We did a couples massage in the afternoon which was pleasant, if a little weird. They set up a giant white Ebola tent right on the sidewalk to the beach, so we were isolated from prying eyes but still heard ambient walking all around us. And that night, we returned to one of the onsite restaurants for the most delicious ahi nacho platter of all time, other than the fact that nachos interact with strep throat like Wolverine's claws on a wall made of garden slugs.

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Thursday, October 08, 2015

Review Day

There are no major spoilers in these reviews.

Pagans in Vegas by Metric:
The latest album from Metric is consistently good -- though nothing jumps out with the quirky idiosyncrasies of Grow Up and Blow Away, the songs are polished and employ electronica effectively without going overboard (unlike the Cardigan's Gran Turismo album). A representative song that I enjoy is Fortunes.

Final Grade: B+

Mad Max Fury Road (R):
This is a completely pointless movie in the "Tom Hardy has his mouth covered up so you have no idea what he's saying without turning subtitles on" genre. It's an art director's wet dream and does some effective world-building in between endless sequences of action, but unless you're in the mood for a two hour car chase, or are a Mad Max aficionado, you're not going to get anything out of watching.

Final Grade: C-

Dust by Hugh Howey:
The final book in the trilogy returns to the characters originally introduced in Book One, which makes the plot more empathic. The story has a few great reveals left up its sleeves, and the ending is satisfying, although one of the story threads seems to end very abruptly in order to give more space to the other. I'm not a fan of the tagline on the cover, which sounds like a Mitch Hedberg joke. "Every beginning has an end. That's a good place to stop!"

Final Grade: B+

The 40 Akerz Project by Nappy Roots:
The latest album from Nappy Roots is boringly forgettable. It sounds like most of their best voices have left the group, and the bulk of songs are just raps over mellow, repetitive loops. It also sounds like one of the members is a recent atheist, and you know this because he tells you about it every time he gets to insert a verse. Stick with Watermelon, Chicken, and Gritz and the era of the rapping Waluigi.

Final Grade: D

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Monday, October 08, 2018

Maia Month #15 Battle Report

Maia is now 1 year 3 months old. Though not noticeably heavier, she's a little more gangly -- able to climb up onto unexpected surfaces or reach things on shelves. It's also clearly easier to transfer the car seat between cars and carry her out, rather than load her up in the car seat in the house and try to carry the whole mass together.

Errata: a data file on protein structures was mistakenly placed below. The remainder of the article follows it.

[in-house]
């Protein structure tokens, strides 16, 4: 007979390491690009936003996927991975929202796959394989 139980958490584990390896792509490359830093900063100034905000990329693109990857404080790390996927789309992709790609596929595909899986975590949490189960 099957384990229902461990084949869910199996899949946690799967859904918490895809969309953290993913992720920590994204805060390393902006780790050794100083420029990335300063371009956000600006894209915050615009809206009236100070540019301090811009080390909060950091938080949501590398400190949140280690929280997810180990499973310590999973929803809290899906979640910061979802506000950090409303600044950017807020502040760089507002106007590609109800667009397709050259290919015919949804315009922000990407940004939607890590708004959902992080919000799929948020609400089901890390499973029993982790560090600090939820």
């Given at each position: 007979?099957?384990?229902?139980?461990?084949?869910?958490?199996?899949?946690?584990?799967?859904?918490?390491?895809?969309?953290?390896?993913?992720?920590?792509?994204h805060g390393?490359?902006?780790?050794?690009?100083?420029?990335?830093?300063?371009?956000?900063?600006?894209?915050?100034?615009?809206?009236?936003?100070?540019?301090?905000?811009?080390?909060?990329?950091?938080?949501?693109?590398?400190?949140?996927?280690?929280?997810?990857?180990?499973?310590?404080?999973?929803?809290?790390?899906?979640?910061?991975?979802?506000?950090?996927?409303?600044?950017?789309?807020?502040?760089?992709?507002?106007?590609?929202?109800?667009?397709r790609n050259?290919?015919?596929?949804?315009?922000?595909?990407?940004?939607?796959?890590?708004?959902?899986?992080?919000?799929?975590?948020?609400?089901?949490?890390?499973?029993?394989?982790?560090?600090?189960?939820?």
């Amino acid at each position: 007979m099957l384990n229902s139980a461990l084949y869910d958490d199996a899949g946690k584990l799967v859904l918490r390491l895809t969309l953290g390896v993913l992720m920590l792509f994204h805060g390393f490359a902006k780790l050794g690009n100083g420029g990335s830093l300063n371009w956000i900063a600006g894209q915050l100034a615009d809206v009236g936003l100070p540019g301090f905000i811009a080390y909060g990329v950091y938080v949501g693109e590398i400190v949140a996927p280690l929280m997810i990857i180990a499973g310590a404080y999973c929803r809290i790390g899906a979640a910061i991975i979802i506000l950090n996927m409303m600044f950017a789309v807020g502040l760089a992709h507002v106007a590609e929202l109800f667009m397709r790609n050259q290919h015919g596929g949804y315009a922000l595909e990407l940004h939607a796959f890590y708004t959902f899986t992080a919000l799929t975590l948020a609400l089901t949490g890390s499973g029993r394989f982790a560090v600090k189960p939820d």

Maia has started standing in brief doses (first real attempt was on 9/24/18) and eats all sorts of solid foods in spite of having just 4 - 5 teeth. She will eat hummus for days, along with boiled carrots, egg and cheese, bananas, yogurts, lentils, and bits of restaurant meals. She takes one far-too-short nap that averages just under 2 hours each day, but also consents to lying in her crib for an eventual sound sleep from 9:30 PM to 9 PMish every night.

My life is cruising along at this point in Maia's life. Raising a baby is not unlike starting a campfire. Initially, you expend tons of energy getting the kindling just right and teasing the right amount of oxygen into place. You brave smoke inhalation to coax the fire into a sustainable roar and try not to add damp wood that will smoke or do anything to accidentally snuff the fire out. After it's burning steadily, you can add some firewood every so often and let it take care of itself.

In baby terms, you spend all of year one doing precise measurements of food, tracking the amounts of sleep or lack thereof, and overthink each potential dimension of what it will take to get your kid into a cheap state school in 18 years. After year one, you can toss a new log on the baby every so often and trust that it will continue thriving without overthinking things too much.

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Friday, October 08, 2021

Review Day

There are no major spoilers in these reviews.

Spypoint Force-20 Trail Camera:
This is a great outdoor camera in the under $100 range. It's easy to set up, runs on 8 AA batteries, and records to a standard SD disk. The night vision works well and the motion sensor does a reasonable job of ignoring false positives.

Final Grade: B+

Bosch, Season Seven:
I was really frustrated by the "slice of life" style of the early seasons of Bosch, full of long, lingering reaction shots and scenes that didn't do much to propel the plot. It took four seasons before I really appreciated it. The seventh and final season wraps everything up nicely although the series is less about a huge culmination and more about hanging out with the characters for a little bit longer. Not the best season, but definitely not the worst (which was probably the one where Bosch tried to be Jack Bauer by infiltrating a pill mill by himself). Free on Amazon Prime.

Final Grade: B

Money Heist, Season Five, Part One:
The next drop of episodes in the second heist (Season 3 - 5) keeps you guessing and has some strong character moments and resolutions. However, it's held back by some overused flashbacks of characters I cared less about and way too many guns. It reminded me of the difference in tone of LOST when there was just 1 gun on the whole island and LOST when everyone had a semi-automatic rifle. Free on Netflix.

Final Grade: B

Off to the Races by Jukebox the Ghost:
An album of pleasant pop songs that starts strong and becomes more forgettable as it goes on. They share the same sound as several other groups in this area of music, but have some nice hooks. Just over 30 minutes long, which is a negative for me.

Final Grade: B-